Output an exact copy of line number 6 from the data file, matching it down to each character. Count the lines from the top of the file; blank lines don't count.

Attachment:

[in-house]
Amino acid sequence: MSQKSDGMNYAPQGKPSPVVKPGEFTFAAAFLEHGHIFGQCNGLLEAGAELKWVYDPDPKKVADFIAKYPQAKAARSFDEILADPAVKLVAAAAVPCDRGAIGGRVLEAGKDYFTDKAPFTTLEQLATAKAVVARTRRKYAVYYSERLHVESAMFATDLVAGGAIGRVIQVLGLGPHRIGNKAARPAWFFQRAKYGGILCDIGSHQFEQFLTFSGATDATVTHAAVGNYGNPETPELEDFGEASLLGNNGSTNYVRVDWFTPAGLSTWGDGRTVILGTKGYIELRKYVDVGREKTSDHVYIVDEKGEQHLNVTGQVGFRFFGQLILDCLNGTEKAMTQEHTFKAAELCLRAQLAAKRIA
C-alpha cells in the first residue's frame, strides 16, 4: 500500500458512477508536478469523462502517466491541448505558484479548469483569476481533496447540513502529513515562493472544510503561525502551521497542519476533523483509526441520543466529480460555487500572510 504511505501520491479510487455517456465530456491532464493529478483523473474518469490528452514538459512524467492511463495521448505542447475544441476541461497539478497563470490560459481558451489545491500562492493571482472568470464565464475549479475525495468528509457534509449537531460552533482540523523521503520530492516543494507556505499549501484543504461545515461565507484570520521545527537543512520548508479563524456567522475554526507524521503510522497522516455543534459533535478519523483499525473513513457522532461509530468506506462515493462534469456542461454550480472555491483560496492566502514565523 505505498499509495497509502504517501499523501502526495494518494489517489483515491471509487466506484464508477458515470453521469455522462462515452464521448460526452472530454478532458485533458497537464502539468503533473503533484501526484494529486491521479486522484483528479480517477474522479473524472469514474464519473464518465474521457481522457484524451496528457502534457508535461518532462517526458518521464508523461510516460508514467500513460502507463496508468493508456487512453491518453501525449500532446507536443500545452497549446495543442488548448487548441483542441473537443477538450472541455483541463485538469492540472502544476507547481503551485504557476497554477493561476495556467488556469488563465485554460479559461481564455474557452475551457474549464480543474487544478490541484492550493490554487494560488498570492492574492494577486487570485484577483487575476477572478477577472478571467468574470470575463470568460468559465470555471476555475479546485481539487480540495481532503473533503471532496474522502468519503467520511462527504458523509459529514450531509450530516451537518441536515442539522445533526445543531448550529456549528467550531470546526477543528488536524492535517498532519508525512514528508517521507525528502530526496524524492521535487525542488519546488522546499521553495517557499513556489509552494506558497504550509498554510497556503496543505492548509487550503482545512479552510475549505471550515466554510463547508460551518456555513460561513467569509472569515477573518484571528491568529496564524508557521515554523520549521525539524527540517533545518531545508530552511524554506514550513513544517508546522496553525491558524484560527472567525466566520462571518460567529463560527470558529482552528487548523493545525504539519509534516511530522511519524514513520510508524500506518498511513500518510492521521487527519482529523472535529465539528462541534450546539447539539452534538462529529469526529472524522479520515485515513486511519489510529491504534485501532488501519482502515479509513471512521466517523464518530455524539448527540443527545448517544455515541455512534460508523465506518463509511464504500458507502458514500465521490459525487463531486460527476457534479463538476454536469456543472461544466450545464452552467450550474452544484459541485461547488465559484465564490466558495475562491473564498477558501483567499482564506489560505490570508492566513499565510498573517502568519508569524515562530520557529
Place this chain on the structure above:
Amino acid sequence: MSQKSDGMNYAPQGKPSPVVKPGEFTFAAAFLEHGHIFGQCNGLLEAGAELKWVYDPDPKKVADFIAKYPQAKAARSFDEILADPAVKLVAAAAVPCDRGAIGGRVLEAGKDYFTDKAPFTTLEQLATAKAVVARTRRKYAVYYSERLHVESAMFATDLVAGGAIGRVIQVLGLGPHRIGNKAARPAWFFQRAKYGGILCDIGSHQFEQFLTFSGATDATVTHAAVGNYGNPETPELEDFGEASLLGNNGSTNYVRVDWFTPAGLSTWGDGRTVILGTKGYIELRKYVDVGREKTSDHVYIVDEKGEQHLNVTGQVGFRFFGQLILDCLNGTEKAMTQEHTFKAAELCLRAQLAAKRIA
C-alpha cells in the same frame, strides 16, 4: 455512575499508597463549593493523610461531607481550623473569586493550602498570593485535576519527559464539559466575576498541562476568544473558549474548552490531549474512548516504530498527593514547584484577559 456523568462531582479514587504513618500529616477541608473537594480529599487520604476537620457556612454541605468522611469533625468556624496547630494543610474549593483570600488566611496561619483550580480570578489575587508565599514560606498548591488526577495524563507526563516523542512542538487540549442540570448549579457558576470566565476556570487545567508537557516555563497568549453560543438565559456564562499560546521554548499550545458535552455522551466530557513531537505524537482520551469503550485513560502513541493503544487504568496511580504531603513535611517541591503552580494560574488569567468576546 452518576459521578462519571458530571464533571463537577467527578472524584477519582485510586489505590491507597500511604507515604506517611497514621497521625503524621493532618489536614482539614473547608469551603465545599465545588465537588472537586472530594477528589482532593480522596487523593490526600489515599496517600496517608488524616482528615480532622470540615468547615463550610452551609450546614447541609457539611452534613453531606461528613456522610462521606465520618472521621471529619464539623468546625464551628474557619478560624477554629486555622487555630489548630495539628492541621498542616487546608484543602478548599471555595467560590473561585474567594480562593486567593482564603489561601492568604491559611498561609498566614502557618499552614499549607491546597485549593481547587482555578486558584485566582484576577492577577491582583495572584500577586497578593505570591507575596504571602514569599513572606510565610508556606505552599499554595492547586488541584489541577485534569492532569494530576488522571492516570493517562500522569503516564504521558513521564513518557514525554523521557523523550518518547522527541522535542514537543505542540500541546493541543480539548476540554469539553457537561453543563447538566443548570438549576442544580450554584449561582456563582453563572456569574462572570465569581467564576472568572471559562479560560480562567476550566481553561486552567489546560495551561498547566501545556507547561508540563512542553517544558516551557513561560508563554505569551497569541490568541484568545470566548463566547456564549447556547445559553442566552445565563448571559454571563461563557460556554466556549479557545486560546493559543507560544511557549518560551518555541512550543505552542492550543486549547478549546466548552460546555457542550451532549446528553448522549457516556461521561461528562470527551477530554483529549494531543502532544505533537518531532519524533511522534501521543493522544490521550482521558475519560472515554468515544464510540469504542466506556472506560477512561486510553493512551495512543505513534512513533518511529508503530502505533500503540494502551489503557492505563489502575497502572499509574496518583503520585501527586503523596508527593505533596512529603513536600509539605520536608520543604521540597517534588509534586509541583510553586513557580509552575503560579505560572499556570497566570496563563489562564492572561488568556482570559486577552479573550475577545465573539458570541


C-alpha cells in the same frame, strides 16, 4: 455512575499508597463549593493523610461531607481550623473569586493550602498570593485535576519527559464539559466575576498541562476568544473558549474548552490531549474512548516504530498527593514547584484577559 456523568462531582479514587504513618500529616477541608473537594480529599487520604476537620457556612454541605468522611469533625468556624496547630494543610474549593483570600488566611496561619483550580480570578489575587508565599514560606498548591488526577495524563507526563516523542512542538487540549442540570448549579457558576470566565476556570487545567508537557516555563497568549453560543438565559456564562499560546521554548499550545458535552455522551466530557513531537505524537482520551469503550485513560502513541493503544487504568496511580504531603513535611517541591503552580494560574488569567468576546 452518576459521578462519571458530571464533571463537577467527578472524584477519582485510586489505590491507597500511604507515604506517611497514621497521625503524621493532618489536614482539614473547608469551603465545599465545588465537588472537586472530594477528589482532593480522596487523593490526600489515599496517600496517608488524616482528615480532622470540615468547615463550610452551609450546614447541609457539611452534613453531606461528613456522610462521606465520618472521621471529619464539623468546625464551628474557619478560624477554629486555622487555630489548630495539628492541621498542616487546608484543602478548599471555595467560590473561585474567594480562593486567593482564603489561601492568604491559611498561609498566614502557618499552614499549607491546597485549593481547587482555578486558584485566582484576577492577577491582583495572584500577586497578593505570591507575596504571602514569599513572606510565610508556606505552599499554595492547586488541584489541577485534569492532569494530576488522571492516570493517562500522569503516564504521558513521564513518557514525554523521557523523550518518547522527541522535542514537543505542540500541546493541543480539548476540554469539553457537561453543563447538566443548570438549576442544580450554584449561582456563582453563572456569574462572570465569581467564576472568572471559562479560560480562567476550566481553561486552567489546560495551561498547566501545556507547561508540563512542553517544558516551557513561560508563554505569551497569541490568541484568545470566548463566547456564549447556547445559553442566552445565563448571559454571563461563557460556554466556549479557545486560546493559543507560544511557549518560551518555541512550543505552542492550543486549547478549546466548552460546555457542550451532549446528553448522549457516556461521561461528562470527551477530554483529549494531543502532544505533537518531532519524533511522534501521543493522544490521550482521558475519560472515554468515544464510540469504542466506556472506560477512561486510553493512551495512543505513534512513533518511529508503530502505533500503540494502551489503557492505563489502575497502572499509574496518583503520585501527586503523596508527593505533596512529603513536600509539605520536608520543604521540597517534588509534586509541583510553586513557580509552575503560579505560572499556570497566570496563563489562564492572561488568556482570559486577552479573550475577545465573539458570541